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Original post made
on Jul 8, 2008
> In a study session Monday, council member and former
> Mayor Yoriko Kishimoto said she was thrilled to finally
> see a viable plan for broadband.
And what makes anyone think that Kishimoto--who has absolutely no data communications experience--would recognize a "viable" plan if she say one?
Talk about the blind leading the blind!
Thank you City Council members and staff for moving this project forward. I've been a long time supporter of improving our broadband infrastructure, and this proposal looks to be the best shot in several years of discussion, RFPS, and debate.
The great part of this is that it costs the city nothing beyond already existing infrastructure, which can all be purchased back for $1 in 25 years or if the companies under-perform.
The interesting win here is that the businesses making the offer would only directly resell to other businesses, which will in turn vastly decrease their cost over previous attempts. Other providers such as incumbents Comcast and ATT could consider using the city-wide fiber back-haul to their local access points, providing higher bandwidth with minimal investment on their part.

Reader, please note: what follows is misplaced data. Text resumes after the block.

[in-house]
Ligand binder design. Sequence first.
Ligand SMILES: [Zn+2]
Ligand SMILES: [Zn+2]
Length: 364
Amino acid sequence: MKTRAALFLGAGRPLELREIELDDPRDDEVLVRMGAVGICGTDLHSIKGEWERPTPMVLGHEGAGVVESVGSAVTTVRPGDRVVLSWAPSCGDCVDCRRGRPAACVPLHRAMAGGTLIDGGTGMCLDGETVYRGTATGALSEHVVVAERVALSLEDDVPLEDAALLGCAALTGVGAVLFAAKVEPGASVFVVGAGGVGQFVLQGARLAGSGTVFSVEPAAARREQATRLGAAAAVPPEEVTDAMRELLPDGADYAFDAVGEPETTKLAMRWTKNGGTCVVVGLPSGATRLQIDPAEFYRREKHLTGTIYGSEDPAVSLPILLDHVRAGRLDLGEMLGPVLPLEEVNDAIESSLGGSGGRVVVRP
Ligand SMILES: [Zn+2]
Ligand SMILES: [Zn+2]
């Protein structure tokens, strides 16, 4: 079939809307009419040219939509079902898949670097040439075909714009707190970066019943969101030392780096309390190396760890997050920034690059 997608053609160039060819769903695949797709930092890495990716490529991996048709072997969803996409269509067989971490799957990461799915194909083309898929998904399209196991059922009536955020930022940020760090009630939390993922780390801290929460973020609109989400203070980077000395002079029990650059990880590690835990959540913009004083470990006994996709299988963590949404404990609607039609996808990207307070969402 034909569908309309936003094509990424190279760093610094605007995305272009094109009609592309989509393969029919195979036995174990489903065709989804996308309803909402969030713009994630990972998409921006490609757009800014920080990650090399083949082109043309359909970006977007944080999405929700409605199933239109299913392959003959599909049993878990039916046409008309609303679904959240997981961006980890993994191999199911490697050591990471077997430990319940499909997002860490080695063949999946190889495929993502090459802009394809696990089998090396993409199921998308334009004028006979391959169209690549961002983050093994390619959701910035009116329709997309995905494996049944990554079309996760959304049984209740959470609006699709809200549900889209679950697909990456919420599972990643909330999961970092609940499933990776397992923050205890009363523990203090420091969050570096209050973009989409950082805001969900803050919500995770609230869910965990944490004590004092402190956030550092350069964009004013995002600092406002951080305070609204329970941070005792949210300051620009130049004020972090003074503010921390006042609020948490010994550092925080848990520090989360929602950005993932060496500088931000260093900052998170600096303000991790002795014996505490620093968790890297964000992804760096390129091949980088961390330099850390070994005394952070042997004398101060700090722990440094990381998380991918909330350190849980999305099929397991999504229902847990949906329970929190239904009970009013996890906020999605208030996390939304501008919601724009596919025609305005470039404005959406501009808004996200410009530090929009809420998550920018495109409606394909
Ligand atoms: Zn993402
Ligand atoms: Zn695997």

What's the worst that happens? Our already existing fiber is run by non-governmental companies that underperform, and then the city can reclaim the fiber. Best thing? Innovation. Perhaps a progressive area of the city will set-up a co-op with 100Mbit connections to each home. It's a stretch, but before this proposal, it would have been impossible.
Best of luck on this one to the companies & city council.
> The tech-firm consortium would build, own and operate the network.
> Retail service providers such as Comcast would be the middlemen
> utimately selling services to customers.
It is not very likely that Comcast would be involved with such an undertaking (other than to perhaps sue the City of Palo Alto). Comcast is currently offering 16 mpbs service in Palo Alto, and is planning to offer 100 mpbs service in the near 2009-10 time frame:
Comcast Corp. said Thursday that by early 2010 it plans to offer consumers in most of its markets Internet service so fast they will be able to download a high-definition movie in minutes.
The nation's second-largest Internet service provider -- and biggest cable TV operator -- will deploy a technology capable of delivering up to 100 megabits of data Relevant Products/Services or more per second in 20 percent of its markets by the end of 2008, Comcast senior vice president of investor relations Marlene Dooner said at the Merrill Lynch U.S. Media Conference in London.
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